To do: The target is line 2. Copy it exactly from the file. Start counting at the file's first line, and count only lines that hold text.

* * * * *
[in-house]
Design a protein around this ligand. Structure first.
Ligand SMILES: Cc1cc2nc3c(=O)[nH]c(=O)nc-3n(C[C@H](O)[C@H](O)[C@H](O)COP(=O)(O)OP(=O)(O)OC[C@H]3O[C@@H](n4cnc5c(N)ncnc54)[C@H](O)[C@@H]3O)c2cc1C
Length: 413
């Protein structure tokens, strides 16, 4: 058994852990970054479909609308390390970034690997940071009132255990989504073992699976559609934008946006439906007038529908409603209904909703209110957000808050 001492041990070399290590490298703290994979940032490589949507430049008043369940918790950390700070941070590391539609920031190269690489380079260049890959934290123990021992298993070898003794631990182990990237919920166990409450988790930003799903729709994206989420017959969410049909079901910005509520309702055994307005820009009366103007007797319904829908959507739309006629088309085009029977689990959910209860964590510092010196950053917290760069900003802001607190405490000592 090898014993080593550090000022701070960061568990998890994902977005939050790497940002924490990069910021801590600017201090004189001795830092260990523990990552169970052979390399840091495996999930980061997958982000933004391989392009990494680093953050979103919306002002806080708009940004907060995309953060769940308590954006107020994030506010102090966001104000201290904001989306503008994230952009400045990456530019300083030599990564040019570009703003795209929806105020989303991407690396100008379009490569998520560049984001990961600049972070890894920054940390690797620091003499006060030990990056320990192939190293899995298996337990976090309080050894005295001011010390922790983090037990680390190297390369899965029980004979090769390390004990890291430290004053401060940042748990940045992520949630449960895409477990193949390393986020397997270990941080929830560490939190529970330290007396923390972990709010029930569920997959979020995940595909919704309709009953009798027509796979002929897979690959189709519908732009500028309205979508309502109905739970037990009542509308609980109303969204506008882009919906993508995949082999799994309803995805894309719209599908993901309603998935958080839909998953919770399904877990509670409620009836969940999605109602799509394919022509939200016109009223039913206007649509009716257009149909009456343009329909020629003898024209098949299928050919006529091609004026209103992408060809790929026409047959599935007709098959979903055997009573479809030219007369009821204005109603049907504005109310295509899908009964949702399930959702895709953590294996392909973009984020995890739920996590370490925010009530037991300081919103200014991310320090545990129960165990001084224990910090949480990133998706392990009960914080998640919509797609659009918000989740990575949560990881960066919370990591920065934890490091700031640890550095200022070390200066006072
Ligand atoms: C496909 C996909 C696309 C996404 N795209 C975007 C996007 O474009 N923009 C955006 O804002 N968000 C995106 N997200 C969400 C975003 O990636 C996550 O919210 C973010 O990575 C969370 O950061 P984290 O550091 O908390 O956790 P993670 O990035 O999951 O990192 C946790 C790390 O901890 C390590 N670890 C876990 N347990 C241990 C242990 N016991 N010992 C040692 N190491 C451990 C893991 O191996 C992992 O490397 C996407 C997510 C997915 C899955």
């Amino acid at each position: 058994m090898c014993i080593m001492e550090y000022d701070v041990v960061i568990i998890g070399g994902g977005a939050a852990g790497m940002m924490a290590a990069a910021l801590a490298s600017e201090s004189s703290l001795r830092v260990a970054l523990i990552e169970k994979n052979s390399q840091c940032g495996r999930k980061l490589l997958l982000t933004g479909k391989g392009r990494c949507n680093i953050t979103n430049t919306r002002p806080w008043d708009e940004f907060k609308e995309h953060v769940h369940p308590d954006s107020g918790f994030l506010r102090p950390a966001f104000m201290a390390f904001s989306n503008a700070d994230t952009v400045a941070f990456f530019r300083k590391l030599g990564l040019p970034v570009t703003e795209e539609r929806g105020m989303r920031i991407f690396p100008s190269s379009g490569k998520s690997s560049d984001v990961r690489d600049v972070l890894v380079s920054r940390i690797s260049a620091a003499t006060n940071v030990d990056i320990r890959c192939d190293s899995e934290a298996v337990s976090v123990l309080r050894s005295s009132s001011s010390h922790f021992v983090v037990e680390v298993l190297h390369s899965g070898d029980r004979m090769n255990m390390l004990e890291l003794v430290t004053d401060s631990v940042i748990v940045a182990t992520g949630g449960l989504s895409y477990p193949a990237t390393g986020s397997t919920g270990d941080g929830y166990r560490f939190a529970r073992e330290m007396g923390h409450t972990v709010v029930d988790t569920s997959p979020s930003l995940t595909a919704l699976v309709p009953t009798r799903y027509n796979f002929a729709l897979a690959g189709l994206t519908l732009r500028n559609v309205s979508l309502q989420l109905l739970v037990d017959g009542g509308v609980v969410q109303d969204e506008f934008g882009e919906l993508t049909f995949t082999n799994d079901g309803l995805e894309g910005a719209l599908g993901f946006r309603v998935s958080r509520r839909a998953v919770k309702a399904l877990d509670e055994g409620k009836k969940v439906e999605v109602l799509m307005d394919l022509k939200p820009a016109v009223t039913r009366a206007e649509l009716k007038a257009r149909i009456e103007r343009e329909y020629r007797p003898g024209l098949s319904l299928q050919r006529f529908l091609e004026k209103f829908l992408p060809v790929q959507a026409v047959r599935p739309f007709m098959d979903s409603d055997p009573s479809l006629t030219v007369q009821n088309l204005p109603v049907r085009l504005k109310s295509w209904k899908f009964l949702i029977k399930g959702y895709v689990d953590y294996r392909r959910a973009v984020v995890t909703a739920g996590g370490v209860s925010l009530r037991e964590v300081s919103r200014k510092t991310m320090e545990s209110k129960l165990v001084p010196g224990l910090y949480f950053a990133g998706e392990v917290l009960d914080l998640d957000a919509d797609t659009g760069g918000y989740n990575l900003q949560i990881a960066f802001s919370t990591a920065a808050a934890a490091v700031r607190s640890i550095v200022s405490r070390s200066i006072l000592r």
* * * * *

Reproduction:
Design a protein around this ligand. Structure first.